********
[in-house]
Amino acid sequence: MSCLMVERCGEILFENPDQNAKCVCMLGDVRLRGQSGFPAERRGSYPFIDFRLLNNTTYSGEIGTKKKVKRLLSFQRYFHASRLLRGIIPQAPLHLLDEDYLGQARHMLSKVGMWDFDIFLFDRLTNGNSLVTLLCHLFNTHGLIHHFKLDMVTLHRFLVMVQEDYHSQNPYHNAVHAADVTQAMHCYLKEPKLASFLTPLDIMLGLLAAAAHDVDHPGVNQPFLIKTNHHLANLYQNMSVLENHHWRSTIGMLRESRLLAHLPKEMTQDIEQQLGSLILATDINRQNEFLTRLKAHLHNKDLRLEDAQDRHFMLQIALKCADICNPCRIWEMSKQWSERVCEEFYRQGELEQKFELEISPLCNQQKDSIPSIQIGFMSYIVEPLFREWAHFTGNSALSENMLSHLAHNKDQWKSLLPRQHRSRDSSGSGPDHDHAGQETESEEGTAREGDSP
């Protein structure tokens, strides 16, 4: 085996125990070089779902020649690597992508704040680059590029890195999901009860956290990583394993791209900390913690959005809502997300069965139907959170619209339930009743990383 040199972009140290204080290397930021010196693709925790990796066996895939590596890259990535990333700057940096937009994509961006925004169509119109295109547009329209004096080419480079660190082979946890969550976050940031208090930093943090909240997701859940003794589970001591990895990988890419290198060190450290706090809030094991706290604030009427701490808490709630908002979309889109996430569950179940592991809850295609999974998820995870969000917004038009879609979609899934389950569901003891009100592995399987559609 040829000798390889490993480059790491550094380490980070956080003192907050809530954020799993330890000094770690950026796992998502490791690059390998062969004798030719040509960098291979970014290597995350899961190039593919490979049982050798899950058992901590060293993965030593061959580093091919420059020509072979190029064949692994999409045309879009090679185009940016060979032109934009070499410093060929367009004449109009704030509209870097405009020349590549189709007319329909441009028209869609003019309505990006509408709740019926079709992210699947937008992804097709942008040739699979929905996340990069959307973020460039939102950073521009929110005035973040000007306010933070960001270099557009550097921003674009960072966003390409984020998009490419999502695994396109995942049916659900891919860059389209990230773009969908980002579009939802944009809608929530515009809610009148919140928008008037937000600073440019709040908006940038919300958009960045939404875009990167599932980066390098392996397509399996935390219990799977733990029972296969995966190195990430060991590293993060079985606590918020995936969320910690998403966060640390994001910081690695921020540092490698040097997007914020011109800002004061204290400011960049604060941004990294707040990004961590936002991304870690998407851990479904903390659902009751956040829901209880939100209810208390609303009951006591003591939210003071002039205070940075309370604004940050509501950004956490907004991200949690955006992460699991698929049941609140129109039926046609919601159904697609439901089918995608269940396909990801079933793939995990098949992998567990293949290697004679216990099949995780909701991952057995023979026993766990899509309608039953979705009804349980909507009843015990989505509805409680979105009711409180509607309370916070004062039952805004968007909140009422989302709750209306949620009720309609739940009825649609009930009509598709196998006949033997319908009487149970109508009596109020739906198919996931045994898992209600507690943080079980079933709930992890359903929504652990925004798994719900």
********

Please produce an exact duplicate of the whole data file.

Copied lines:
[in-house]
Amino acid sequence: MSCLMVERCGEILFENPDQNAKCVCMLGDVRLRGQSGFPAERRGSYPFIDFRLLNNTTYSGEIGTKKKVKRLLSFQRYFHASRLLRGIIPQAPLHLLDEDYLGQARHMLSKVGMWDFDIFLFDRLTNGNSLVTLLCHLFNTHGLIHHFKLDMVTLHRFLVMVQEDYHSQNPYHNAVHAADVTQAMHCYLKEPKLASFLTPLDIMLGLLAAAAHDVDHPGVNQPFLIKTNHHLANLYQNMSVLENHHWRSTIGMLRESRLLAHLPKEMTQDIEQQLGSLILATDINRQNEFLTRLKAHLHNKDLRLEDAQDRHFMLQIALKCADICNPCRIWEMSKQWSERVCEEFYRQGELEQKFELEISPLCNQQKDSIPSIQIGFMSYIVEPLFREWAHFTGNSALSENMLSHLAHNKDQWKSLLPRQHRSRDSSGSGPDHDHAGQETESEEGTAREGDSP
């Protein structure tokens, strides 16, 4: 085996125990070089779902020649690597992508704040680059590029890195999901009860956290990583394993791209900390913690959005809502997300069965139907959170619209339930009743990383 040199972009140290204080290397930021010196693709925790990796066996895939590596890259990535990333700057940096937009994509961006925004169509119109295109547009329209004096080419480079660190082979946890969550976050940031208090930093943090909240997701859940003794589970001591990895990988890419290198060190450290706090809030094991706290604030009427701490808490709630908002979309889109996430569950179940592991809850295609999974998820995870969000917004038009879609979609899934389950569901003891009100592995399987559609 040829000798390889490993480059790491550094380490980070956080003192907050809530954020799993330890000094770690950026796992998502490791690059390998062969004798030719040509960098291979970014290597995350899961190039593919490979049982050798899950058992901590060293993965030593061959580093091919420059020509072979190029064949692994999409045309879009090679185009940016060979032109934009070499410093060929367009004449109009704030509209870097405009020349590549189709007319329909441009028209869609003019309505990006509408709740019926079709992210699947937008992804097709942008040739699979929905996340990069959307973020460039939102950073521009929110005035973040000007306010933070960001270099557009550097921003674009960072966003390409984020998009490419999502695994396109995942049916659900891919860059389209990230773009969908980002579009939802944009809608929530515009809610009148919140928008008037937000600073440019709040908006940038919300958009960045939404875009990167599932980066390098392996397509399996935390219990799977733990029972296969995966190195990430060991590293993060079985606590918020995936969320910690998403966060640390994001910081690695921020540092490698040097997007914020011109800002004061204290400011960049604060941004990294707040990004961590936002991304870690998407851990479904903390659902009751956040829901209880939100209810208390609303009951006591003591939210003071002039205070940075309370604004940050509501950004956490907004991200949690955006992460699991698929049941609140129109039926046609919601159904697609439901089918995608269940396909990801079933793939995990098949992998567990293949290697004679216990099949995780909701991952057995023979026993766990899509309608039953979705009804349980909507009843015990989505509805409680979105009711409180509607309370916070004062039952805004968007909140009422989302709750209306949620009720309609739940009825649609009930009509598709196998006949033997319908009487149970109508009596109020739906198919996931045994898992209600507690943080079980079933709930992890359903929504652990925004798994719900």